09.26.09

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Richard Stallman is Not the Bad Guy

Posted in Free/Libre Software, FUD, Microsoft, Mono, Novell at 4:03 am by Dr. Roy Schestowitz

Richard Stallman young
Richard Stallman (younger days)

Summary: Richard Stallman is smeared for pretty much saying it like it is

Miguel de Icaza and his online friend Jason Perlow (they occasionally spoke before) seem to be on some sort of subtle attack on Richard Stallman. Perlow wrote a trollish post for ZDNet [1, 2] and de Icaza now portrays himself as a poor victim who is only looking for love. There is little reference (or none) to what led to Stallman's remarks about de Icaza and the very rational, factual explanation of why Mono means trouble. As Sam Varghese puts it, Stallman merely “comes under attack again”. Apparently, Stallman is not permitted to defend Free software from Microsoft.

It appears to be open season for launching attacks on the head of the Free Software Foundation, Richard Matthew Stallman, the man who is in large measure responsible for the status that free and open source software enjoys today.

The latest attack on Stallman is a lengthy post by ZDNet blogger Jason Perlow and is based on remarks that Stallman is said to have made during the Free Software Day celebrations in Boston.

Other people followed these attacks on Stallman, but some are Freedom-apathetic (power preceding Freedom). A lot of them have always disliked Stallman in the first place. In his new blog, Bruce Byfield puts it politely, but others are obviously trying to dethrone Stallman, calling it dogmatism (missing the whole point about Mono, which is a fundamental risk to Free software, not reason for “dogmatism”), et cetera et cetera.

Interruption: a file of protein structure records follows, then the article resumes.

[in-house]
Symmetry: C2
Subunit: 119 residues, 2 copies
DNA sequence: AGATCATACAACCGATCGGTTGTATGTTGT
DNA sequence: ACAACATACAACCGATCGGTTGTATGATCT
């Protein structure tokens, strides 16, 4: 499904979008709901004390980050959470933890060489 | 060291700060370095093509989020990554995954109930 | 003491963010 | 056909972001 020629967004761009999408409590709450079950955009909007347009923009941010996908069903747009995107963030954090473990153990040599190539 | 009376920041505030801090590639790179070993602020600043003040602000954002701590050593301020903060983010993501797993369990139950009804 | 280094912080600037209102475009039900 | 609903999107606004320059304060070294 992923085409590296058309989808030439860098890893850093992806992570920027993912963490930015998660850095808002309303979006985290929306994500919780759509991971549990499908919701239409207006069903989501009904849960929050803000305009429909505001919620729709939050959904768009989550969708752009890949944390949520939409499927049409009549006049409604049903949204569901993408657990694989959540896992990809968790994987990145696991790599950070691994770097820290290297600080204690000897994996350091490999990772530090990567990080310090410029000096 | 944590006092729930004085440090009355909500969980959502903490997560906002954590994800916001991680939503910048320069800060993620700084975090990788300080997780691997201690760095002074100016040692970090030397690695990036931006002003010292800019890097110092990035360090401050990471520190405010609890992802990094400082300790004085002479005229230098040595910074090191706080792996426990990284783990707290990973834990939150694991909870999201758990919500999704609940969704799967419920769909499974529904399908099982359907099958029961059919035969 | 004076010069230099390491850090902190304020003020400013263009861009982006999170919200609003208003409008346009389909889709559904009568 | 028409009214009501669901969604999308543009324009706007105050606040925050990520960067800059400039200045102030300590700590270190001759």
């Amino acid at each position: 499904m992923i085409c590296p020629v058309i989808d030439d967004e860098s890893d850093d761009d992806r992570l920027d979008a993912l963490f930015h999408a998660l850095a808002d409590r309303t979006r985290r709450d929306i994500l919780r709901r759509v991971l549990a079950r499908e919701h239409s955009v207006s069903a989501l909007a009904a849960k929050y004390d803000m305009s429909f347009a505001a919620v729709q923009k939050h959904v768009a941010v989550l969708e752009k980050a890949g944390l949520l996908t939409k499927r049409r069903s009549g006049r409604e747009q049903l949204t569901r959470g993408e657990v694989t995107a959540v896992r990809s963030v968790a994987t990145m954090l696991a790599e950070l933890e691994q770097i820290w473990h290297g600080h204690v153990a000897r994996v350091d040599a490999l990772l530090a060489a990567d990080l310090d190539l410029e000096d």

At Identi.ca, Stallman received the support of people, one of whom writes: “I know what @RMS thinks, because I read the blog post quoting the tweet that quoted a person who was there. And I am outraged!”

Truth be told, here is how another person put it: “#RMS is pretty bad as a diplomatic, alt[h]ough he’s a visionary indeed. I hope people can understand the message by above the way”

Here is another take from a blog post:

RMS tends to call a spade a spade and he does not accept fluff as substance. M$’s posturing as being open to FLOSS is absurd. No matter how many millions they contribute to FLOSS, they are not a friend of FLOSS-loving people. Repeatedy they have shown a willingness to buy out the competition rather than to out-compete. RMS is not a great diplomat but neither is he often wrong.

Free software supporters still do not want Mono. It was never particularly popular, to say the least. The same goes for Moonlight.

Now that Silverlight comes to Linux (Moblin, at least initially [1, 2]), people wonder what Moonlight was made for at all. Microsoft explains it like this:

According to a blog entry from Microsoft’s Silverlight team, the initiative will complement their work with Novell’s open source port of Silverlight for Linux, Moonlight.

Jason from Mono-Nono has another explanation:

Novell shocked to be undermined. Everyone else points and laughs.

So, the news is out that Microsoft is bringing real Silverlight to Moblin. This is not Moonlight, this is the real-deal Silverlight 3 in a joint effort with Intel for Atom-based platforms.

A very interesting development.

[...]